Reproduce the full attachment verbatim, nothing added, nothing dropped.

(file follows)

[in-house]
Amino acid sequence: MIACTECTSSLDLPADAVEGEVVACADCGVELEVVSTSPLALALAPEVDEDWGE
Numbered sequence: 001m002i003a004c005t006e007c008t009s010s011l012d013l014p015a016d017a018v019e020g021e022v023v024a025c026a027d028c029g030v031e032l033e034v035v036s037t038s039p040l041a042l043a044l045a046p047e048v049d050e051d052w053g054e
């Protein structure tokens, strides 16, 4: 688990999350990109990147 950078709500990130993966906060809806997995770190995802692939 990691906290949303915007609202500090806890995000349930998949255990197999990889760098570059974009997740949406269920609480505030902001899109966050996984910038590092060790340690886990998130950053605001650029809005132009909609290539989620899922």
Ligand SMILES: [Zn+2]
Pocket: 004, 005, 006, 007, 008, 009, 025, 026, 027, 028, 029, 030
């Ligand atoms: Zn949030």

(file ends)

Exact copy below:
[in-house]
Amino acid sequence: MIACTECTSSLDLPADAVEGEVVACADCGVELEVVSTSPLALALAPEVDEDWGE
Numbered sequence: 001m002i003a004c005t006e007c008t009s010s011l012d013l014p015a016d017a018v019e020g021e022v023v024a025c026a027d028c029g030v031e032l033e034v035v036s037t038s039p040l041a042l043a044l045a046p047e048v049d050e051d052w053g054e
């Protein structure tokens, strides 16, 4: 688990999350990109990147 950078709500990130993966906060809806997995770190995802692939 990691906290949303915007609202500090806890995000349930998949255990197999990889760098570059974009997740949406269920609480505030902001899109966050996984910038590092060790340690886990998130950053605001650029809005132009909609290539989620899922």
Ligand SMILES: [Zn+2]
Pocket: 004, 005, 006, 007, 008, 009, 025, 026, 027, 028, 029, 030
């Ligand atoms: Zn949030």